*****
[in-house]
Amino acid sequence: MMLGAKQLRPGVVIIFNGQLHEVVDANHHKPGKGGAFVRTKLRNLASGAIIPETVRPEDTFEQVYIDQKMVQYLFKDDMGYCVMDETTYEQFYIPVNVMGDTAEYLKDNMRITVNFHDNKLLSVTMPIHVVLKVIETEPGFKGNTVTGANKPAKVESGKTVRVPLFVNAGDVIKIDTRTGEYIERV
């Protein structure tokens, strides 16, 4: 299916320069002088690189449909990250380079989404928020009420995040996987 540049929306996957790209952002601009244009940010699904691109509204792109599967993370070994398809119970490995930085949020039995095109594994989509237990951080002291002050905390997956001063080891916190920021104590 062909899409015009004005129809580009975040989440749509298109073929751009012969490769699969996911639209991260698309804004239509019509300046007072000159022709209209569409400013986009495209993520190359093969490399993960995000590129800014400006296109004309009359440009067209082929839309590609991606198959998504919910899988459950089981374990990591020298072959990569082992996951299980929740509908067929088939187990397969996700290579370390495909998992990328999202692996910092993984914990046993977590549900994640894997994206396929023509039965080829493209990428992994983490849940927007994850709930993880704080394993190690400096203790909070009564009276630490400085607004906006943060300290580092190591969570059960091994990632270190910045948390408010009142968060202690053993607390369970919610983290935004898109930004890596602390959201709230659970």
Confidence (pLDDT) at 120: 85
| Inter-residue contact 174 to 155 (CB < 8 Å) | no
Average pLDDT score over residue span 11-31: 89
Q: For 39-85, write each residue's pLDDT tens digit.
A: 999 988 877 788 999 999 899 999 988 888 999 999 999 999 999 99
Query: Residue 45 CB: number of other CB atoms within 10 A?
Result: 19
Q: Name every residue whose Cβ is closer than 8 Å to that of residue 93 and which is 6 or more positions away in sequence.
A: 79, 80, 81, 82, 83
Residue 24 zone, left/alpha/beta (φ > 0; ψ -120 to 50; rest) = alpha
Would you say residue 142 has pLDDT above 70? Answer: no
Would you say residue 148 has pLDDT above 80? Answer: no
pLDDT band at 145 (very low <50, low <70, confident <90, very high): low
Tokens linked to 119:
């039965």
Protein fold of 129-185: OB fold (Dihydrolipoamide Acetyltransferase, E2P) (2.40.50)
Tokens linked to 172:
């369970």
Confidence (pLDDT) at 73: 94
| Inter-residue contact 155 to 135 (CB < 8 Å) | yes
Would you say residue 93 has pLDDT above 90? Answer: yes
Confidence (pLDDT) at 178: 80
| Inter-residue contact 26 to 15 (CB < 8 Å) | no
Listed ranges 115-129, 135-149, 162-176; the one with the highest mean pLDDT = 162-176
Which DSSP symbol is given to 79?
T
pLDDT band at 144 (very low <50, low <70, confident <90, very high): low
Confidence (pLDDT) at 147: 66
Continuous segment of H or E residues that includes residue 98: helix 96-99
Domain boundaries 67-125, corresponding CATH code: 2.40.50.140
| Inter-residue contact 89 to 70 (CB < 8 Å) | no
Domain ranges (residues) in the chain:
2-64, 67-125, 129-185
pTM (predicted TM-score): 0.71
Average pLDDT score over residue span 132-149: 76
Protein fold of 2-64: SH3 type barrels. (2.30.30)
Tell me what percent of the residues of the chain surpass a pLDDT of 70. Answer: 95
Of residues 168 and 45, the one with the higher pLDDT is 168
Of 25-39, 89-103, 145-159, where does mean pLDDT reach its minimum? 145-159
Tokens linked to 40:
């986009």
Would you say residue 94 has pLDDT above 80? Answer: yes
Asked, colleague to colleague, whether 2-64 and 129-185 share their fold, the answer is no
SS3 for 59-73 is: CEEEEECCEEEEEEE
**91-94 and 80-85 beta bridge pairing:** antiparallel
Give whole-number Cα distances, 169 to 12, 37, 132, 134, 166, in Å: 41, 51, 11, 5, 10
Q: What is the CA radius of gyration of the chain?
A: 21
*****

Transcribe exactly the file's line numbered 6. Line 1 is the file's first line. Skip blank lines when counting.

Average pLDDT score over residue span 11-31: 89